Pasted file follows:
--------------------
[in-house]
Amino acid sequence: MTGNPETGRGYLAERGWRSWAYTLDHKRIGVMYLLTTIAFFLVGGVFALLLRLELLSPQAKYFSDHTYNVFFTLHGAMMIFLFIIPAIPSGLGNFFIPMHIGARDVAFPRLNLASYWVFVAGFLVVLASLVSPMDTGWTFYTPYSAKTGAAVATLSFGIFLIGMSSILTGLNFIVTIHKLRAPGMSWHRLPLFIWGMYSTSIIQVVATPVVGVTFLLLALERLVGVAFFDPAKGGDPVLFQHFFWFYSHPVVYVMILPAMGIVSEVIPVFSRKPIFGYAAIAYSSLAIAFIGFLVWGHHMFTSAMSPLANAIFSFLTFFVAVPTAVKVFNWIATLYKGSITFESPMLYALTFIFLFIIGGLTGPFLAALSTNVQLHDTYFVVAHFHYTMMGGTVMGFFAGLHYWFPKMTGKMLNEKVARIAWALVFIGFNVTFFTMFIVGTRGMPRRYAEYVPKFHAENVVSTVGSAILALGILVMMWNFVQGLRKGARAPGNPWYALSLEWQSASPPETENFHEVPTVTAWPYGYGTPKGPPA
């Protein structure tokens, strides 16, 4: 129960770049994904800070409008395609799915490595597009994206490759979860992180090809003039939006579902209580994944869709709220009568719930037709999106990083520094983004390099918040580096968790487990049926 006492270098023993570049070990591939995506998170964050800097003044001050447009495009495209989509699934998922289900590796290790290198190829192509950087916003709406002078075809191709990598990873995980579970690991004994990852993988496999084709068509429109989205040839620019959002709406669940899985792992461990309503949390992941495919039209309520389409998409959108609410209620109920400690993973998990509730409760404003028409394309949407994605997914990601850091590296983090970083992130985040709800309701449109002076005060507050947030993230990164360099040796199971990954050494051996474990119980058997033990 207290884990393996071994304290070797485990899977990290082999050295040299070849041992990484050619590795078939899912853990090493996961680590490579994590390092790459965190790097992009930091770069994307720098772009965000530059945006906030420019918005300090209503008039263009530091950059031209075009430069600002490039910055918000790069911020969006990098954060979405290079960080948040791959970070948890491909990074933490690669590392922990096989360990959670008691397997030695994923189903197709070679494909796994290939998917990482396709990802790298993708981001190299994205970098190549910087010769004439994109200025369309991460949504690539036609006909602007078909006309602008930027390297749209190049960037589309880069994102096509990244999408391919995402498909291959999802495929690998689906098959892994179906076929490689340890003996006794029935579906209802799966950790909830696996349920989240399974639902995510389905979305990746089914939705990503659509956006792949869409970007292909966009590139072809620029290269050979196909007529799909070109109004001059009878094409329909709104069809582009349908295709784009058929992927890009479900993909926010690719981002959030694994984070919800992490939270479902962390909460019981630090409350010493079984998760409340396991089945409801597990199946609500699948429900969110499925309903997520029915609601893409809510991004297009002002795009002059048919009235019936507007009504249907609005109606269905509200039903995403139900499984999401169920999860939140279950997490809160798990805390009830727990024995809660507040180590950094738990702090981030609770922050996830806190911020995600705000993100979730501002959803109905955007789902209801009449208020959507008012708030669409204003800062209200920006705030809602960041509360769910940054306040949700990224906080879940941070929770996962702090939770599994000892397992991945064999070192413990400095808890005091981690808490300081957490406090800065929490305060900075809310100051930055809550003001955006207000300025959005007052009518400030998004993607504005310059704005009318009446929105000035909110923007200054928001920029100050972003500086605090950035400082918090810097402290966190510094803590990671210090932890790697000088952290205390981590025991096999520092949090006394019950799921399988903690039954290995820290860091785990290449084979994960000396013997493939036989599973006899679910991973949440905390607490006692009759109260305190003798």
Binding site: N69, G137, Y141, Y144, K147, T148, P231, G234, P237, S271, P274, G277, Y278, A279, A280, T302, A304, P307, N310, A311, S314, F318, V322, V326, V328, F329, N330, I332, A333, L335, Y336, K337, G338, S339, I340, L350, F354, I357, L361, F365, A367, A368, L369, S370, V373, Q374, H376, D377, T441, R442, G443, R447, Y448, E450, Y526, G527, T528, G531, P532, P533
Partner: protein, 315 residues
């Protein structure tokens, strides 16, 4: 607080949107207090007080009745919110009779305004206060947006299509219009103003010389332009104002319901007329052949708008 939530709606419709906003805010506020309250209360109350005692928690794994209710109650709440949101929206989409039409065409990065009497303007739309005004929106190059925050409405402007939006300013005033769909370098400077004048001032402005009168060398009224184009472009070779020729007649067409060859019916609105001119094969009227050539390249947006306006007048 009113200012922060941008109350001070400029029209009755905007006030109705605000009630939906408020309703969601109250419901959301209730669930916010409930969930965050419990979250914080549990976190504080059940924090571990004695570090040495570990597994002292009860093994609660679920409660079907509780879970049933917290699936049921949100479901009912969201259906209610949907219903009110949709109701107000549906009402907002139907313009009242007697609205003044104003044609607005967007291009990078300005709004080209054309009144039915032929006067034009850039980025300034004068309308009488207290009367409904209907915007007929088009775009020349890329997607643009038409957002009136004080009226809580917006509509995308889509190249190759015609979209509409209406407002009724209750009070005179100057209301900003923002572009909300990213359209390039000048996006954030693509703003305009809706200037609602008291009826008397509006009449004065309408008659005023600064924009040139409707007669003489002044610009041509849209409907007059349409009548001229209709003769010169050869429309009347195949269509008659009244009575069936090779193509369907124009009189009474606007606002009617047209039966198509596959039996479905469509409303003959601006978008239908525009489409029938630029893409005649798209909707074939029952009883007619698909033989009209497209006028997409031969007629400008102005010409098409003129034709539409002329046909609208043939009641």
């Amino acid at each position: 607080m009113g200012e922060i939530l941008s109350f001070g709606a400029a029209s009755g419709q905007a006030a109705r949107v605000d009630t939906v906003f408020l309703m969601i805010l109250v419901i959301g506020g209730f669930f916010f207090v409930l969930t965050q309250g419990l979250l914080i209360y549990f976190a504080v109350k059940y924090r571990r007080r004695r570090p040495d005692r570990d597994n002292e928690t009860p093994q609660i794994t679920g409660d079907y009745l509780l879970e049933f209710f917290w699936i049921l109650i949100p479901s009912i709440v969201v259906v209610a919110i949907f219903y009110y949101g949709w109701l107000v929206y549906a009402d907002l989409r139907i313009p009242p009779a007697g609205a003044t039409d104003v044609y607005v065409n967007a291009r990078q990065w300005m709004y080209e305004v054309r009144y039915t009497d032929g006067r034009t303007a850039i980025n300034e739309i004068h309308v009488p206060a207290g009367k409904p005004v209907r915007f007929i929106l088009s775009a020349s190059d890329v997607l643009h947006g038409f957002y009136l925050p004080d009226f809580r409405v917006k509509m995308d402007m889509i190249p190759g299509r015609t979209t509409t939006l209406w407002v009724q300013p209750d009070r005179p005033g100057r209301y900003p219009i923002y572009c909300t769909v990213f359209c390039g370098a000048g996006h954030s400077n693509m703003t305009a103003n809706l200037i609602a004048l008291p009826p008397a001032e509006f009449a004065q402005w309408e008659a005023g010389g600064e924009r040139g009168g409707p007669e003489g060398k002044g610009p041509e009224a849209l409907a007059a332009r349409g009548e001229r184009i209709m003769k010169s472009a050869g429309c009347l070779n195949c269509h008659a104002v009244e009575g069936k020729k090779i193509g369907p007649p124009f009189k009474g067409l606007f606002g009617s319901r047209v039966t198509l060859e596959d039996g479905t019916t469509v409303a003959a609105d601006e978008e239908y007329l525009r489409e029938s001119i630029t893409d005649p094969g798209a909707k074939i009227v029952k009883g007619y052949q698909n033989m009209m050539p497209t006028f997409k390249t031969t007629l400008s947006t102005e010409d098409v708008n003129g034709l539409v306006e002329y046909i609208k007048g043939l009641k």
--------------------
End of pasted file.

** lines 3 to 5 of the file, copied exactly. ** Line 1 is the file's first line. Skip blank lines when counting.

């Protein structure tokens, strides 16, 4: 129960770049994904800070409008395609799915490595597009994206490759979860992180090809003039939006579902209580994944869709709220009568719930037709999106990083520094983004390099918040580096968790487990049926 006492270098023993570049070990591939995506998170964050800097003044001050447009495009495209989509699934998922289900590796290790290198190829192509950087916003709406002078075809191709990598990873995980579970690991004994990852993988496999084709068509429109989205040839620019959002709406669940899985792992461990309503949390992941495919039209309520389409998409959108609410209620109920400690993973998990509730409760404003028409394309949407994605997914990601850091590296983090970083992130985040709800309701449109002076005060507050947030993230990164360099040796199971990954050494051996474990119980058997033990 207290884990393996071994304290070797485990899977990290082999050295040299070849041992990484050619590795078939899912853990090493996961680590490579994590390092790459965190790097992009930091770069994307720098772009965000530059945006906030420019918005300090209503008039263009530091950059031209075009430069600002490039910055918000790069911020969006990098954060979405290079960080948040791959970070948890491909990074933490690669590392922990096989360990959670008691397997030695994923189903197709070679494909796994290939998917990482396709990802790298993708981001190299994205970098190549910087010769004439994109200025369309991460949504690539036609006909602007078909006309602008930027390297749209190049960037589309880069994102096509990244999408391919995402498909291959999802495929690998689906098959892994179906076929490689340890003996006794029935579906209802799966950790909830696996349920989240399974639902995510389905979305990746089914939705990503659509956006792949869409970007292909966009590139072809620029290269050979196909007529799909070109109004001059009878094409329909709104069809582009349908295709784009058929992927890009479900993909926010690719981002959030694994984070919800992490939270479902962390909460019981630090409350010493079984998760409340396991089945409801597990199946609500699948429900969110499925309903997520029915609601893409809510991004297009002002795009002059048919009235019936507007009504249907609005109606269905509200039903995403139900499984999401169920999860939140279950997490809160798990805390009830727990024995809660507040180590950094738990702090981030609770922050996830806190911020995600705000993100979730501002959803109905955007789902209801009449208020959507008012708030669409204003800062209200920006705030809602960041509360769910940054306040949700990224906080879940941070929770996962702090939770599994000892397992991945064999070192413990400095808890005091981690808490300081957490406090800065929490305060900075809310100051930055809550003001955006207000300025959005007052009518400030998004993607504005310059704005009318009446929105000035909110923007200054928001920029100050972003500086605090950035400082918090810097402290966190510094803590990671210090932890790697000088952290205390981590025991096999520092949090006394019950799921399988903690039954290995820290860091785990290449084979994960000396013997493939036989599973006899679910991973949440905390607490006692009759109260305190003798």
Binding site: N69, G137, Y141, Y144, K147, T148, P231, G234, P237, S271, P274, G277, Y278, A279, A280, T302, A304, P307, N310, A311, S314, F318, V322, V326, V328, F329, N330, I332, A333, L335, Y336, K337, G338, S339, I340, L350, F354, I357, L361, F365, A367, A368, L369, S370, V373, Q374, H376, D377, T441, R442, G443, R447, Y448, E450, Y526, G527, T528, G531, P532, P533
Partner: protein, 315 residues